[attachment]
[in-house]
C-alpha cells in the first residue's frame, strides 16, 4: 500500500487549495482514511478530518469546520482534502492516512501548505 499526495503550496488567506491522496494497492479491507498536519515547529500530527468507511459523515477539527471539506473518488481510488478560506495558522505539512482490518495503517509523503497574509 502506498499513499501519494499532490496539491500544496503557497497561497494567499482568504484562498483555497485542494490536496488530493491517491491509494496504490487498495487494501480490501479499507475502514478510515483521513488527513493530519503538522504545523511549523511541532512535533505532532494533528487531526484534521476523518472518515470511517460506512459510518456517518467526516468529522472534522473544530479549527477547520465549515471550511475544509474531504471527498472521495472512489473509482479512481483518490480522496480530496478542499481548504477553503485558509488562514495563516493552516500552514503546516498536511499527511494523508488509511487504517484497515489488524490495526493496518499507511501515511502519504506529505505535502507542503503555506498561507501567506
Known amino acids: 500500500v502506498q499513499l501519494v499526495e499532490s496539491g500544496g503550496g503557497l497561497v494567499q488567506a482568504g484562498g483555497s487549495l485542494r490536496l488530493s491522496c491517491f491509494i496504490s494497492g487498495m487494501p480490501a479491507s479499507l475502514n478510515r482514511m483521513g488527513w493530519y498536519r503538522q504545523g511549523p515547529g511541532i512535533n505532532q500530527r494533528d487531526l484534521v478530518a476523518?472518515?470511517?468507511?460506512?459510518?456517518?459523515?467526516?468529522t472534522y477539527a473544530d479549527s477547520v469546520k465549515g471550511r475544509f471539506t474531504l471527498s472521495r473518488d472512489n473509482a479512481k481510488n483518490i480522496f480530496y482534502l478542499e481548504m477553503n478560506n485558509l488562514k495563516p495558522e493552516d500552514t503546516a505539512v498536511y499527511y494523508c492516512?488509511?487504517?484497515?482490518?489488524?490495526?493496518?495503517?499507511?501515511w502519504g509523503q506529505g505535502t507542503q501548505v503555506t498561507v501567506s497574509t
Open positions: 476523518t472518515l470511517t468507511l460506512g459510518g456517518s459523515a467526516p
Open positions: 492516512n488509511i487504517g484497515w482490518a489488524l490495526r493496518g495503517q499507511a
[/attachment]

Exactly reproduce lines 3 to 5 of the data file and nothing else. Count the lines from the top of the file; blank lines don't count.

Known amino acids: 500500500v502506498q499513499l501519494v499526495e499532490s496539491g500544496g503550496g503557497l497561497v494567499q488567506a482568504g484562498g483555497s487549495l485542494r490536496l488530493s491522496c491517491f491509494i496504490s494497492g487498495m487494501p480490501a479491507s479499507l475502514n478510515r482514511m483521513g488527513w493530519y498536519r503538522q504545523g511549523p515547529g511541532i512535533n505532532q500530527r494533528d487531526l484534521v478530518a476523518?472518515?470511517?468507511?460506512?459510518?456517518?459523515?467526516?468529522t472534522y477539527a473544530d479549527s477547520v469546520k465549515g471550511r475544509f471539506t474531504l471527498s472521495r473518488d472512489n473509482a479512481k481510488n483518490i480522496f480530496y482534502l478542499e481548504m477553503n478560506n485558509l488562514k495563516p495558522e493552516d500552514t503546516a505539512v498536511y499527511y494523508c492516512?488509511?487504517?484497515?482490518?489488524?490495526?493496518?495503517?499507511?501515511w502519504g509523503q506529505g505535502t507542503q501548505v503555506t498561507v501567506s497574509t
Open positions: 476523518t472518515l470511517t468507511l460506512g459510518g456517518s459523515a467526516p
Open positions: 492516512n488509511i487504517g484497515w482490518a489488524l490495526r493496518g495503517q499507511a